Behind 'The Pacific' -- Hanks, Spielberg discuss HBO miniseries
'The Pacific,' HBO's 10-part, $195 million miniseries debuts tonight.
Subscribe Today to the Monitor
The unsparing and visceral depiction of battle in their World War II collaborations is revisited by "The Pacific," a 10-part, $195 million miniseries debuting Sunday at 9 p.m. EST on HBO. Also intact is their celebration of the American veteran.
But "The Pacific" carves its own path across a lesser-known theater of war with parallels to current conflicts. It also breaks the "Band of Brothers" mold by following its battered Marines home with a coda reminiscent of the classic World War II film, "The Best Years of Our Lives."
The challenge "was to take human beings and put them through hell and wonder how in the world they would approach the world when they came back," Hanks said.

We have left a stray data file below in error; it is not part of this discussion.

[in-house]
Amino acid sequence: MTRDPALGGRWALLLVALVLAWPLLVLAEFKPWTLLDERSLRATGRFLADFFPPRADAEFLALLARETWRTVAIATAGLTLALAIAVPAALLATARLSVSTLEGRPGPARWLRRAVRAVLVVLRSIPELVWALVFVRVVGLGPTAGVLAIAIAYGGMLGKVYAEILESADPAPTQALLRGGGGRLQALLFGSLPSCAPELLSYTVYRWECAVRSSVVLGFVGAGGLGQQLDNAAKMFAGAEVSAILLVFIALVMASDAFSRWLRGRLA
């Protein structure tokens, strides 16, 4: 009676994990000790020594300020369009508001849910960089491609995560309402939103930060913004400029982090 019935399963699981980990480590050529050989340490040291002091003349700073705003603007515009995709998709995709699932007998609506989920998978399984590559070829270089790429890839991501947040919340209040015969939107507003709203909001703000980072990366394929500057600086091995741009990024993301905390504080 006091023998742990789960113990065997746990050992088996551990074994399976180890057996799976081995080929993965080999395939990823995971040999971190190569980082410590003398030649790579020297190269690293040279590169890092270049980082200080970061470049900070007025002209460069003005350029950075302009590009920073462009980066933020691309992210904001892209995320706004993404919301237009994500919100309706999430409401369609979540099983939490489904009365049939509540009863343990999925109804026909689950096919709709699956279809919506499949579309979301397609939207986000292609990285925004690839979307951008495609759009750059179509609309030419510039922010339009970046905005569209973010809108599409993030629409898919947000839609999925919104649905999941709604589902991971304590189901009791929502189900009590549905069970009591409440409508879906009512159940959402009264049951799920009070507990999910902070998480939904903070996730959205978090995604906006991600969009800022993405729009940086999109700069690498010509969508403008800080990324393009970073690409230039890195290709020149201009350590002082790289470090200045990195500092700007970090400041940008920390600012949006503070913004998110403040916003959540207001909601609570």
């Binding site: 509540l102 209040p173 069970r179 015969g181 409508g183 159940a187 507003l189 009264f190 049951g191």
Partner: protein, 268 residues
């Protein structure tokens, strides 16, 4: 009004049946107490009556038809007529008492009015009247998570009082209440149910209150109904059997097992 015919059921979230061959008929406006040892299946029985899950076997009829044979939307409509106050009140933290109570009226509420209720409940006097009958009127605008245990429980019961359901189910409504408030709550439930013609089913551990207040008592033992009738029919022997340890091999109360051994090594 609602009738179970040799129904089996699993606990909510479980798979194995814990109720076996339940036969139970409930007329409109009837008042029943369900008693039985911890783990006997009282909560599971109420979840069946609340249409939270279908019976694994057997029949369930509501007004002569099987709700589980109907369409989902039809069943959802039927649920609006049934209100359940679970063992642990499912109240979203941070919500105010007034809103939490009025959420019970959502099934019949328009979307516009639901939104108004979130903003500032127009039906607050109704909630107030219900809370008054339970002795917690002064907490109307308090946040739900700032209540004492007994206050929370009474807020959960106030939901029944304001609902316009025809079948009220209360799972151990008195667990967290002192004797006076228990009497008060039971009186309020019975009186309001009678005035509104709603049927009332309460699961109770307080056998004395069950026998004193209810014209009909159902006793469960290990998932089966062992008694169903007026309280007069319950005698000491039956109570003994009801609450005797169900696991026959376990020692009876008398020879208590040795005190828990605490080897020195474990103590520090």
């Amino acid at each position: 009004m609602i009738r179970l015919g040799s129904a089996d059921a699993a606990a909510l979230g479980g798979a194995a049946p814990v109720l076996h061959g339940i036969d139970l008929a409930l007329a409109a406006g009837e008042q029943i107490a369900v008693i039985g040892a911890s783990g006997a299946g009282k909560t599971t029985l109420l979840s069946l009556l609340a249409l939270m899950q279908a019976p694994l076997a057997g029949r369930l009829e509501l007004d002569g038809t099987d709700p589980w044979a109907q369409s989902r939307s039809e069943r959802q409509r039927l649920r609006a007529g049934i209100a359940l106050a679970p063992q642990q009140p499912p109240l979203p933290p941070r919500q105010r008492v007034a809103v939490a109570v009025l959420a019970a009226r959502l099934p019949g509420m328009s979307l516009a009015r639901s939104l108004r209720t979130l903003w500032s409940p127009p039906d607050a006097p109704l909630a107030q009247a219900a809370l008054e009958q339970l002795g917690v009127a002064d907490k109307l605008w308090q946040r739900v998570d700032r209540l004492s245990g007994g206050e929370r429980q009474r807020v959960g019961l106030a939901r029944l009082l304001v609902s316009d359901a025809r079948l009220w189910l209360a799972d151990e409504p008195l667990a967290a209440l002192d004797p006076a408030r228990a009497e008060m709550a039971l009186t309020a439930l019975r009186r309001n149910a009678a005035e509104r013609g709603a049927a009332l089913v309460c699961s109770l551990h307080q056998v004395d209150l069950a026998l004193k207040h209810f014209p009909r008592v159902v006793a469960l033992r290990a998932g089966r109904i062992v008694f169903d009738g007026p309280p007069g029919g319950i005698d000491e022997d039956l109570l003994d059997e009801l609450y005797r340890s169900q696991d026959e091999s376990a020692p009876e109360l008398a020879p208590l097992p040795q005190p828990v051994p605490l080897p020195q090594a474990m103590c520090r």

"Part 10 is the first time we went for it," he said.
"We only told a partial story in 'Band,'" Spielberg said. "My own relatives were saying to me, 'We all fought in the Pacific. That's a different story. It was jungle warfare.'"
The challenge for executive producers Hanks, Spielberg and Gary Goetzman was that the U.S.-Japanese conflict sprawled across a series of remote islands and lacked the European landmarks that gave "Band of Brothers" an instant familiarity.
The men of "The Pacific" fought for dirt on Guadalcanal, New Britain, Pavuvu, Peleliu and Iwo Jima. The miniseries opens shortly after the 1941 Japanese attack on Pearl Harbor in Hawaii, follows the path of three young Marines and ends on the home front in 1946 after Japan's surrender.